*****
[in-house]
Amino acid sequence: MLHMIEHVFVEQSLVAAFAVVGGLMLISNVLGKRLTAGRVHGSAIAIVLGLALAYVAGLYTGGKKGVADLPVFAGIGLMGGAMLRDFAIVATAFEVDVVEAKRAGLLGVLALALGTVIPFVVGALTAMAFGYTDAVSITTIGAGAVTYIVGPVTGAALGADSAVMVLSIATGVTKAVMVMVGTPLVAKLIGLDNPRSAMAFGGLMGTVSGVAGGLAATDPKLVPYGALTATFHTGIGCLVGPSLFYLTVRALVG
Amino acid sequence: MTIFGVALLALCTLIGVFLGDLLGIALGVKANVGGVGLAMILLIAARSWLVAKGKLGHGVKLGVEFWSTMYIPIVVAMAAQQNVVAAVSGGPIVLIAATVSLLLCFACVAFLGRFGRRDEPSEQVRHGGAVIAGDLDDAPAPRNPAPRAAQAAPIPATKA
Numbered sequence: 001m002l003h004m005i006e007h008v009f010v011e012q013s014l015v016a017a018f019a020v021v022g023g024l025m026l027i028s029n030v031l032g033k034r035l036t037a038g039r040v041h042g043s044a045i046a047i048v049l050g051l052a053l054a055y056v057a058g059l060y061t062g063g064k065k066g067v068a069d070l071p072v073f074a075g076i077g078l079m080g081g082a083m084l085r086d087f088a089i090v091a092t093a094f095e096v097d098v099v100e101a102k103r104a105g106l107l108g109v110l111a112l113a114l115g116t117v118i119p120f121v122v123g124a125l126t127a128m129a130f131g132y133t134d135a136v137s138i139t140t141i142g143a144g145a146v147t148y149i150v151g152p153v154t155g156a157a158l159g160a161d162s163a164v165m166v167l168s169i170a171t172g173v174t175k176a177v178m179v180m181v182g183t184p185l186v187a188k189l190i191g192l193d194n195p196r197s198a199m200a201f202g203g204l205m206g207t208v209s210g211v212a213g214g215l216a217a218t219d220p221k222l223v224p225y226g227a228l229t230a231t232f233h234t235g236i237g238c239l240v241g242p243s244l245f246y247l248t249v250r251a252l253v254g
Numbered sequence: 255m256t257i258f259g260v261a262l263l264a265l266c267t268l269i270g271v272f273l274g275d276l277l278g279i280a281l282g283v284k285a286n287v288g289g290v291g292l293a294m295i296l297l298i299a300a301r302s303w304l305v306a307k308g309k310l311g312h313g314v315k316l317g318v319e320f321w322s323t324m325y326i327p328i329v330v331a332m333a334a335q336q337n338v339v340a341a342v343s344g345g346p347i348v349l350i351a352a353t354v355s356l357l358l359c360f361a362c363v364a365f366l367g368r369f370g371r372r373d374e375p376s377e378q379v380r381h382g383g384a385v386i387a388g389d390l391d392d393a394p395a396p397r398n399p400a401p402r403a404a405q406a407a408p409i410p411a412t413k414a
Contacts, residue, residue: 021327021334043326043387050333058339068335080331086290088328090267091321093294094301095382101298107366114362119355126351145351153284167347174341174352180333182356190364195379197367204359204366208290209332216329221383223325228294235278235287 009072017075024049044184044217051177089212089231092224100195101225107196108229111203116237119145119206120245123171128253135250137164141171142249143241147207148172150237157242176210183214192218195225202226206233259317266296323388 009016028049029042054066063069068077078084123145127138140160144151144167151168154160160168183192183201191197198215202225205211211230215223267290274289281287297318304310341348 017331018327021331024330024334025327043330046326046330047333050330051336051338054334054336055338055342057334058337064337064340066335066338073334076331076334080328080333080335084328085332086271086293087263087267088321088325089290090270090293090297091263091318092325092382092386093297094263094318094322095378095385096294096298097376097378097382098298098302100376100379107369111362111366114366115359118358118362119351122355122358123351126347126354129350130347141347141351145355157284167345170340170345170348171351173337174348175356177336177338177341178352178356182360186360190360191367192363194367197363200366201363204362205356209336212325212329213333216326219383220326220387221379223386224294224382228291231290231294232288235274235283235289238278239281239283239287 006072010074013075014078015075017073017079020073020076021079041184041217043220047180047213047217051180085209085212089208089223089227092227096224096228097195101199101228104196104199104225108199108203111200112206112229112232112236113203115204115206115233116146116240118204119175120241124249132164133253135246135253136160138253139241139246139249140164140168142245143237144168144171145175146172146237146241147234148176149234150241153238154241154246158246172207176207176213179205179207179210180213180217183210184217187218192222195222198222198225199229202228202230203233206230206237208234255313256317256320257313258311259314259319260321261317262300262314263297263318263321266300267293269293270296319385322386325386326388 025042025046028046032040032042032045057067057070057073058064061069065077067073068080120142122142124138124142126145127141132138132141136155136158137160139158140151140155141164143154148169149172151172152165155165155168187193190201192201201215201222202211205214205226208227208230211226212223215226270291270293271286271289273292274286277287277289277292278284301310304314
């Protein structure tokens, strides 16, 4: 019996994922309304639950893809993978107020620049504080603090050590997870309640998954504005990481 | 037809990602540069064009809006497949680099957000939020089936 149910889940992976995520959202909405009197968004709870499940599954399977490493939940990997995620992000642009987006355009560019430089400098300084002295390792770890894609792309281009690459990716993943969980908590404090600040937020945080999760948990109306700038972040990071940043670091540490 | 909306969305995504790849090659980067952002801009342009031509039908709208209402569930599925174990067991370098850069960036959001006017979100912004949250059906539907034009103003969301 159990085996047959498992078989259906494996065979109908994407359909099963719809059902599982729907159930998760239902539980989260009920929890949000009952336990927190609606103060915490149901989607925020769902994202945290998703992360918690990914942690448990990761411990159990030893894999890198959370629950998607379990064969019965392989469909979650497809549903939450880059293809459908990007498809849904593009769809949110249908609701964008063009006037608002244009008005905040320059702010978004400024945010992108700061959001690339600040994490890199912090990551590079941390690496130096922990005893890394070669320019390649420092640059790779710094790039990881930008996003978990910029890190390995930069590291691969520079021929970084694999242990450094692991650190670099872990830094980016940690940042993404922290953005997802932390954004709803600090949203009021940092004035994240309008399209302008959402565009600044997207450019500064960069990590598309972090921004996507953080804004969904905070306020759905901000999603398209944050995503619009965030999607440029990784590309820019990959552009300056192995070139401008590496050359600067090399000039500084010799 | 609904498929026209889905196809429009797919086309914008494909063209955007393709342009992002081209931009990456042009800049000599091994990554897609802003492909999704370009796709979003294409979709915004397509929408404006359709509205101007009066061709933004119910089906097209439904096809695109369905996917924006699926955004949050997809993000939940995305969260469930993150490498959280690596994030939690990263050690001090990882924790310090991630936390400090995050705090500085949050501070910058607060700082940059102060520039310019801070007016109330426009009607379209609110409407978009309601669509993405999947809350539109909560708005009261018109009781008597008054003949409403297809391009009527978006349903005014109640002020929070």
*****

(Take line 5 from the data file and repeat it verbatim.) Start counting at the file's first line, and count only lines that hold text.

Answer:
Numbered sequence: 255m256t257i258f259g260v261a262l263l264a265l266c267t268l269i270g271v272f273l274g275d276l277l278g279i280a281l282g283v284k285a286n287v288g289g290v291g292l293a294m295i296l297l298i299a300a301r302s303w304l305v306a307k308g309k310l311g312h313g314v315k316l317g318v319e320f321w322s323t324m325y326i327p328i329v330v331a332m333a334a335q336q337n338v339v340a341a342v343s344g345g346p347i348v349l350i351a352a353t354v355s356l357l358l359c360f361a362c363v364a365f366l367g368r369f370g371r372r373d374e375p376s377e378q379v380r381h382g383g384a385v386i387a388g389d390l391d392d393a394p395a396p397r398n399p400a401p402r403a404a405q406a407a408p409i410p411a412t413k414a